Some audience members root for Tom and his romanticism. Others, however, are more understanding of Summer and her aversion to a relationship as well as her honesty. The room for interpretation has made the 500 Days of Summer script somewhat of a modern classic.
The meet-cute in the film can be considered a push/pull. What is a push/pull meet-cute? Check out our video on this classic genre moment in our essay.
In this video analysis by The Take, the differing takeaways from 500 Days of Summer are analyzed and traced back to the beliefs and qualities of each character.
By establishing differing philosophical beliefs in the main characters of the script early on, the 500 Days of Summer screenplay creates conflict not only between its characters, but in the audience. What better way to create a lasting film than by creating a dialogue in the audience.
500 Days of Summer Script Takeaway #2
500 Days of Summer’s thematic quotes
The 500 Days of Summer screenplay is full of memorable quotes that are centered around the theme of love. Within the script, there is even a segment in which character’s break the fourth wall and are speaking on the topic of love interview-style. Not only does this expand on the film’s characters, but it reinforces the film’s theme on differing perspectives on love and relationships.
A bit of interesting trivia according to IMDb is that the studio actually wanted to cut this interview style bit from the final cut of the film. The reason it stayed is because of a positive reaction from the audience during a test screening.
So what was it about this segment that audiences loved? While it hardly moves the story forward, these quotes build upon the central themes of the film. It presses upon the audience that the varying perspectives on love are countless. And that while Summer and Tom disagree on the topic, are either really right or wrong?
The film tries to subvert the black and white portrayal of love that so many rom-coms create. While all the interview quotes in the screenplay didn’t make the final cut, the ones that did still serve the same function. The grey area of love and how people perceive it is perfectly portrayed through these memorable interview quotes.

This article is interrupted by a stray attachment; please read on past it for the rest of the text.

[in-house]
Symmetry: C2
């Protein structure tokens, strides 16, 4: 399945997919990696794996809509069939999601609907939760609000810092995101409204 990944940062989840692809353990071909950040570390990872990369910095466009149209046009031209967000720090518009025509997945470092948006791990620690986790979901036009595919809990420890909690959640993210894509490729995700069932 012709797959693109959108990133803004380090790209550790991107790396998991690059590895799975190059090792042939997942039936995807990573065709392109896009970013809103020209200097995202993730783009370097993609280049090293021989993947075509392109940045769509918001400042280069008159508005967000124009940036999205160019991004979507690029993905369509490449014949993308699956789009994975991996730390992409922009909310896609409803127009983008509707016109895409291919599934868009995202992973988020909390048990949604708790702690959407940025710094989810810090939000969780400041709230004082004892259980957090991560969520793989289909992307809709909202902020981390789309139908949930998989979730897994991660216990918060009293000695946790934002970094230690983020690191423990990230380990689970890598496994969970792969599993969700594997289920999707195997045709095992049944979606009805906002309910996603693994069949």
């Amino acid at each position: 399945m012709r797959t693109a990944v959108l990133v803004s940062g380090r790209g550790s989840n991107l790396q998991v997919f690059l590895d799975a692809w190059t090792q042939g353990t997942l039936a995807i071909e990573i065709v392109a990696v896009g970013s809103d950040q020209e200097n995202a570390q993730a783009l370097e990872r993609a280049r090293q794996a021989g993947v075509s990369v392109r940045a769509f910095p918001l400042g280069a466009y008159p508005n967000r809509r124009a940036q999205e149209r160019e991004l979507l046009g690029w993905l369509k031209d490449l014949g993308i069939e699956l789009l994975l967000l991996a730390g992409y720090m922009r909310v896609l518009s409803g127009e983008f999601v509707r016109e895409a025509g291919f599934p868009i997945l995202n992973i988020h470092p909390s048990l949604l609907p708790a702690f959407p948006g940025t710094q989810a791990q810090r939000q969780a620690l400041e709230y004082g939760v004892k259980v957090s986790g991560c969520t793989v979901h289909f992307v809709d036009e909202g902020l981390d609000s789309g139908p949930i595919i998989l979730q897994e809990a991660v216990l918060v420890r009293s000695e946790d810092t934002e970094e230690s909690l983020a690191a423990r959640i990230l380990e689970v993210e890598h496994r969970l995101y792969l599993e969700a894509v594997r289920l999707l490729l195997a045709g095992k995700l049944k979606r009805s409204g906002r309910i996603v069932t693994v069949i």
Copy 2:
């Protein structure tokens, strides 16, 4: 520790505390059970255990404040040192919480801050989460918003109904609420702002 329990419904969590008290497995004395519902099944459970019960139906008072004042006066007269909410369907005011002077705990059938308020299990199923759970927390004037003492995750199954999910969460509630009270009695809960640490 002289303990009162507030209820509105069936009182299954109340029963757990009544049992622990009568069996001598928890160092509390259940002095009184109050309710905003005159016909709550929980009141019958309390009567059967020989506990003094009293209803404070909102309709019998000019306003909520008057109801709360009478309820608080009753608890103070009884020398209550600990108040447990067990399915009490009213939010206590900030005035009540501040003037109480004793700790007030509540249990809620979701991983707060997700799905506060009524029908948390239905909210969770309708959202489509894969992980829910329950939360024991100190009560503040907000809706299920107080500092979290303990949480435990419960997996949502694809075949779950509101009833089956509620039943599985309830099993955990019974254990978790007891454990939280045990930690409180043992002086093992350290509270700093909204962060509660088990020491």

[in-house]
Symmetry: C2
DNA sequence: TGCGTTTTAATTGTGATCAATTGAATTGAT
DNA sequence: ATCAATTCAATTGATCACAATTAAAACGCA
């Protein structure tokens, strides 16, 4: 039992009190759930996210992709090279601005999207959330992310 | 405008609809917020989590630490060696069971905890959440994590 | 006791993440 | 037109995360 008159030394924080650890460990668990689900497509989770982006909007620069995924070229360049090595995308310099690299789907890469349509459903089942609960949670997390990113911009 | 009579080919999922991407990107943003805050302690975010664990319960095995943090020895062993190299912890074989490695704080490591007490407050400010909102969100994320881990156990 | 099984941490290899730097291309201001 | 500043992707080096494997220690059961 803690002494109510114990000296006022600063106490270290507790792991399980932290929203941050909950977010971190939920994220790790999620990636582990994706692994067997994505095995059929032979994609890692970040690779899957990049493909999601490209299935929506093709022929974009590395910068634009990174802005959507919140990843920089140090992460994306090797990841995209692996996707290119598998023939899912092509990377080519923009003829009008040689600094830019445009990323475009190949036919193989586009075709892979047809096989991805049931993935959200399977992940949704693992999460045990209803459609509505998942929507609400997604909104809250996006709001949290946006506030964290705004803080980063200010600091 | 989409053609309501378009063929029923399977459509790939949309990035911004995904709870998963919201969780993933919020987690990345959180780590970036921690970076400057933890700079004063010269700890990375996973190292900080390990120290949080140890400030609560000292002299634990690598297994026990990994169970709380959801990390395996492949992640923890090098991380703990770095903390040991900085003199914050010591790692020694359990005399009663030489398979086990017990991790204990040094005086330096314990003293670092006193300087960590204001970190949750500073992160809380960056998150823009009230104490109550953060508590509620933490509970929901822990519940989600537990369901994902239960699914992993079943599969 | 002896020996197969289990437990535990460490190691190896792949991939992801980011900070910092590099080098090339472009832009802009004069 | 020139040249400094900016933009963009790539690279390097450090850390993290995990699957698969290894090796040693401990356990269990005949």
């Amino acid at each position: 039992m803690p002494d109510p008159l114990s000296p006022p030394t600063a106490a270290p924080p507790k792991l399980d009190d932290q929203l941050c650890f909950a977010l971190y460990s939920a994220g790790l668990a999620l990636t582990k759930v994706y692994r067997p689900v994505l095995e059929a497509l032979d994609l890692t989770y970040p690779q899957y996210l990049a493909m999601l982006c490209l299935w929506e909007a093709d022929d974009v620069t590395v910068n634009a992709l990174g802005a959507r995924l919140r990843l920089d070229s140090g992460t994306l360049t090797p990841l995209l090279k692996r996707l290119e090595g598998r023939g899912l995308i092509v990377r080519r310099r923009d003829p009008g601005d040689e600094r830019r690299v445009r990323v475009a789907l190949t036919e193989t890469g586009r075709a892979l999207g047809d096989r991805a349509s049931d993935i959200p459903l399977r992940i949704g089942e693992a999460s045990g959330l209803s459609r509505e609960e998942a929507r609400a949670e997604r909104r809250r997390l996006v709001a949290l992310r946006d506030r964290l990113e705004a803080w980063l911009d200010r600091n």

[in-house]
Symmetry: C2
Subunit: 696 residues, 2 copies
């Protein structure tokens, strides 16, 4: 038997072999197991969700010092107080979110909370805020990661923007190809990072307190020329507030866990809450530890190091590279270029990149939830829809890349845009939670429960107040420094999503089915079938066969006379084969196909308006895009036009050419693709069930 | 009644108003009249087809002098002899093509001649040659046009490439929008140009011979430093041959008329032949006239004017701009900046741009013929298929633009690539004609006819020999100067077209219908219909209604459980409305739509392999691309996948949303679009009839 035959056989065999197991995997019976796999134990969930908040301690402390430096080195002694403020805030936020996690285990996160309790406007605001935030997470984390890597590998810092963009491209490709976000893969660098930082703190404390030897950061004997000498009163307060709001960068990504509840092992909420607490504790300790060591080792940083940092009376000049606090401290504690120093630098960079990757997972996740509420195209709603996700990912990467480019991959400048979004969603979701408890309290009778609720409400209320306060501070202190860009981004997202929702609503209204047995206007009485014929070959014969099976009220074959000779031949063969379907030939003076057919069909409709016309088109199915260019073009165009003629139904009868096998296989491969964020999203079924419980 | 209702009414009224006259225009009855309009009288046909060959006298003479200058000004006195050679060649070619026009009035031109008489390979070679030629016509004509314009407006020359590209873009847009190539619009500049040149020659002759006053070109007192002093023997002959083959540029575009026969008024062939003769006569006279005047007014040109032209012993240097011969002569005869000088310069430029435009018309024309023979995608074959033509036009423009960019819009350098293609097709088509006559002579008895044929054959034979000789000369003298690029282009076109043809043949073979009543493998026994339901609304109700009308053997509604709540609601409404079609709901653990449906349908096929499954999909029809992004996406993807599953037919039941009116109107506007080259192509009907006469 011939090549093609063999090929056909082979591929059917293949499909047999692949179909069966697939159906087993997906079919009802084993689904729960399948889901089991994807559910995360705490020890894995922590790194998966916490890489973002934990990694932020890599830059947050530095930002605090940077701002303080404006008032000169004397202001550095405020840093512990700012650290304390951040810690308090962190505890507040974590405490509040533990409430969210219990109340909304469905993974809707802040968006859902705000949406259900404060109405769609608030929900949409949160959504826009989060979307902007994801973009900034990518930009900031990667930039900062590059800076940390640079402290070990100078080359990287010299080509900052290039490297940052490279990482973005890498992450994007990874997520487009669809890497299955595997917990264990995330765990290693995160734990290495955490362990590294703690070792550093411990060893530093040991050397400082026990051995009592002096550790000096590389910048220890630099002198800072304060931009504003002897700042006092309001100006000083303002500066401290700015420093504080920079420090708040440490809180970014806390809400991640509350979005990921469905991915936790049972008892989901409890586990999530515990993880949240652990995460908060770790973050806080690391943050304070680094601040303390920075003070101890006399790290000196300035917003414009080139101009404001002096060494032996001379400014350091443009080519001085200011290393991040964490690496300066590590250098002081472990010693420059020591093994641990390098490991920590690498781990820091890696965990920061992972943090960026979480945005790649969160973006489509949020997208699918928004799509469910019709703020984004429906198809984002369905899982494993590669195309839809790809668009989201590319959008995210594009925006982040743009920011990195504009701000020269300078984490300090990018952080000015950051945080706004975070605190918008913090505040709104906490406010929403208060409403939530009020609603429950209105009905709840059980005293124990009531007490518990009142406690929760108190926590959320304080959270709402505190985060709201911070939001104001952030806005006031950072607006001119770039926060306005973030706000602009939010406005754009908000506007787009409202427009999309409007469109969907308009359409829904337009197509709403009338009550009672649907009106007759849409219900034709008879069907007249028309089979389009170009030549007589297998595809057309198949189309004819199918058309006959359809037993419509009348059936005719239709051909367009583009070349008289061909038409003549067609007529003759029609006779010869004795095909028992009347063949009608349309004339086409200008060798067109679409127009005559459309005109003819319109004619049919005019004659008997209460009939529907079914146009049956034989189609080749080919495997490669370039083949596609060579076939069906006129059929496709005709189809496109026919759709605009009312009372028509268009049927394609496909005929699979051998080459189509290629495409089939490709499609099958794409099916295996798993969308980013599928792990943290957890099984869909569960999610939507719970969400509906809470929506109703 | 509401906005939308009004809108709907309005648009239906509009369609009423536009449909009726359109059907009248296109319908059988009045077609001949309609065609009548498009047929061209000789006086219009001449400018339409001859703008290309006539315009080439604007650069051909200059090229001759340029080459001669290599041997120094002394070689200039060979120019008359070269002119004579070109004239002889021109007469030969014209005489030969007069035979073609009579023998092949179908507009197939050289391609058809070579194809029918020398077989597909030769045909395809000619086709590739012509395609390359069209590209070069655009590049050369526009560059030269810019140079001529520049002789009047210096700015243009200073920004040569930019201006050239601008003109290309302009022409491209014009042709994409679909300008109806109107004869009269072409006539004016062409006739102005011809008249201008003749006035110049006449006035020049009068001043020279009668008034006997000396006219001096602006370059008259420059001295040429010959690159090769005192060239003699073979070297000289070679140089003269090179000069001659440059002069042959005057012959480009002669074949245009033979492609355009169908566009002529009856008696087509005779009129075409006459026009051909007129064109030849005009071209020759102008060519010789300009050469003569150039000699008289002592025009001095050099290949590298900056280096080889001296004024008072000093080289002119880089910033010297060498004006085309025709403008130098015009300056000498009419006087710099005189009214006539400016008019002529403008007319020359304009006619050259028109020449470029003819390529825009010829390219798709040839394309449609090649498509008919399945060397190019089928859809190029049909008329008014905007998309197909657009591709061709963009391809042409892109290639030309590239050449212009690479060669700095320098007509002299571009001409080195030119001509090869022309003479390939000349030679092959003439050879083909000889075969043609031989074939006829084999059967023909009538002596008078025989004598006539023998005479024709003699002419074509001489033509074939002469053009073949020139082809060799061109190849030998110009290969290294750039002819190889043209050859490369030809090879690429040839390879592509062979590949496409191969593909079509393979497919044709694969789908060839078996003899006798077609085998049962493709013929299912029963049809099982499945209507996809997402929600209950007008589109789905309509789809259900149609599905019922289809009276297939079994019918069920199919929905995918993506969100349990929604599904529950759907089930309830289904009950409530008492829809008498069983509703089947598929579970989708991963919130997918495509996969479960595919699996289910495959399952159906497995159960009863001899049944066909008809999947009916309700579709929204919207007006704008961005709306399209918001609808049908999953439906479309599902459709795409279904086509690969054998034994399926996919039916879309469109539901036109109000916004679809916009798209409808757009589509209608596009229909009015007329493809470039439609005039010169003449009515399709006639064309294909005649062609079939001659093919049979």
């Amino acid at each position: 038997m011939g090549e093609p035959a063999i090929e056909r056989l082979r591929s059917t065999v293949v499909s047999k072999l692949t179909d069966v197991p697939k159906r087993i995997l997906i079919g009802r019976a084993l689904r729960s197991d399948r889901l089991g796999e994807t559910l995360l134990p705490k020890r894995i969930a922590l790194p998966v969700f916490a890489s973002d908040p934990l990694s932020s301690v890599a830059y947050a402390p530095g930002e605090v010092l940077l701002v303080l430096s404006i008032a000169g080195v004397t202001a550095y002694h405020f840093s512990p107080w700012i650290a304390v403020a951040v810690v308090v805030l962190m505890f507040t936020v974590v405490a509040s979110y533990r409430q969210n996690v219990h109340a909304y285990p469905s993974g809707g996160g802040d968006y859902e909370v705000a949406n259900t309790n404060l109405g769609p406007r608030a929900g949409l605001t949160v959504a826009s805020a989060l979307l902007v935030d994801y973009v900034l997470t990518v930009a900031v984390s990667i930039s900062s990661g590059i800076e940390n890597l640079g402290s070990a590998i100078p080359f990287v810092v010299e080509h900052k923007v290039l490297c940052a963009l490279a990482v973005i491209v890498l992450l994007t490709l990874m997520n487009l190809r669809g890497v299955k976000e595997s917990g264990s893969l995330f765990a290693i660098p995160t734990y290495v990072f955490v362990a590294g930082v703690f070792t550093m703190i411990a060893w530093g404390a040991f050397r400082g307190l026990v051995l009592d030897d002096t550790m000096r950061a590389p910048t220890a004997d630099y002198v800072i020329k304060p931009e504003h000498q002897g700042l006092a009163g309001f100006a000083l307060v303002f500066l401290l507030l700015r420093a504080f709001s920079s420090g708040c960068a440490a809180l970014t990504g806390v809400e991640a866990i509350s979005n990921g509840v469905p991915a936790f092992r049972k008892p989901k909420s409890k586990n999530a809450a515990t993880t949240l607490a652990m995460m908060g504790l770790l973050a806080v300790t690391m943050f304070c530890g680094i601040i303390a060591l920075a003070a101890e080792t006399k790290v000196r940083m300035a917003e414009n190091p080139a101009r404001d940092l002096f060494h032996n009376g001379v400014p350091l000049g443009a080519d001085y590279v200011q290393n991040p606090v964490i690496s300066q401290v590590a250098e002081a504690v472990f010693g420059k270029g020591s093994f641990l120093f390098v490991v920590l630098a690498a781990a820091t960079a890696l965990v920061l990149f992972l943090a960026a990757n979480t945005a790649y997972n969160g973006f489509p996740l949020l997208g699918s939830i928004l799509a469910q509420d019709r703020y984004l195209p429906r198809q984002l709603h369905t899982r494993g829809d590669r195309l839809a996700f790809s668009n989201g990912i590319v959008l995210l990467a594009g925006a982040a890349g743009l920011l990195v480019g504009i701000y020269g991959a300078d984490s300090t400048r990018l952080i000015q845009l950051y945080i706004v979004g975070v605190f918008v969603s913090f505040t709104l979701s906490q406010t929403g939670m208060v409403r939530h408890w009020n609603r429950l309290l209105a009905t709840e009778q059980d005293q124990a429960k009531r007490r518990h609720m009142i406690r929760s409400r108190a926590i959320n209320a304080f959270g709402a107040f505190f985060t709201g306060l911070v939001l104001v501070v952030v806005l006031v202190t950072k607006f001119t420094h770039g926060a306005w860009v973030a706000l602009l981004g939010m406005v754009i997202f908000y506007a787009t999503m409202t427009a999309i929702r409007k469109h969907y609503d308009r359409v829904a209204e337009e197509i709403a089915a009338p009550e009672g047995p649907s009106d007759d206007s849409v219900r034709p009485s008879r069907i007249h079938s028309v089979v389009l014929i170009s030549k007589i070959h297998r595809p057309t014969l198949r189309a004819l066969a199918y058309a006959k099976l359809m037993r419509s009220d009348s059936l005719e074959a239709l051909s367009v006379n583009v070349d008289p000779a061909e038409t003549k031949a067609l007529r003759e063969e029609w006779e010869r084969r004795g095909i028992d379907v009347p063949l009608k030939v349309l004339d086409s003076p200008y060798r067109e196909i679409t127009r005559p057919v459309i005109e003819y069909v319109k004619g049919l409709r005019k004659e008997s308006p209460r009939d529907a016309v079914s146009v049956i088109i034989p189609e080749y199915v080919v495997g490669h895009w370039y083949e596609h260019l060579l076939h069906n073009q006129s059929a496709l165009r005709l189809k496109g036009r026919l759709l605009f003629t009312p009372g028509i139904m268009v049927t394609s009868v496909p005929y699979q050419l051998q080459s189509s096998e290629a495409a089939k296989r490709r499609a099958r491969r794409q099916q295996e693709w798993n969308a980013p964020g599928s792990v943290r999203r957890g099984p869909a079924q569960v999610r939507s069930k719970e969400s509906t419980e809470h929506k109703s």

There are many great quotes from the 500 Days of Summer script final draft. Taking a look at the quotes in this scene in particular and analyzing why it remained in the final cut is a great way to understand what resonates with an audience. It goes to show that quotes that reinforce a story’s themes make for a stronger and more compelling story.
500 days of summer bench scene script
500 Days of Summer ends with hope
The non-linear structure of the 500 Days of Summer screenplay is really what sets up its great ending. The script begins showing Summer with an engagement ring holding Tom’s hand.
Because of this we don’t wonder how the movie necessarily ends, but how it gets to this point. Our expectations of Tom and Summer getting engaged are quickly subverted, making for a great emotional twist.
In their final dialogue in the script, Summer and Tom realize their full character arc. Summer finds that she does believe in love and fate and that Tom was right all along. Tom, despite thinking all his beliefs on love are wrong, realizes he was only wrong about the girl he fell for.
In a way, this final scene is another rendition of one of Tom and Summer’s first conversations in the beginning of the script. In the beginning of the story, Tom and Summer talk about the idea of love at a bar. Tom being a believer and Summer thinking love is a fairytale.
This final conversation shows how the tables have turned. Now it is Summer convincing Tom that he was right about love all along and that she is proof of it, despite it not happening with him.
In a way, this conversation is what really sets up Tom for the final scene of the film. Before a job interview, Tom opens up and talks to a woman also waiting to interview. Summer’s reassurance of fate to Tom incites him to ask this woman out. A woman aptly named Autumn.
The structure of the 500 Days of Summer is non-linear, but it is anything but random. Writers Neustadter and Weber create an incredible ending through creative setup that ties the story’s character arcs, themes, and story full circle.
Read and download more scripts
500 Days of Summer’s screenplay has become a modern classic among romantic comedies. If you want to continue reading screenplays, we have similar titles like When Harry Met Sally, The Princess Bride, and Casablanca in our screenplay database. Browse and download PDFs for all of our scripts as you read, write and practice your craft to become the next great screenwriter.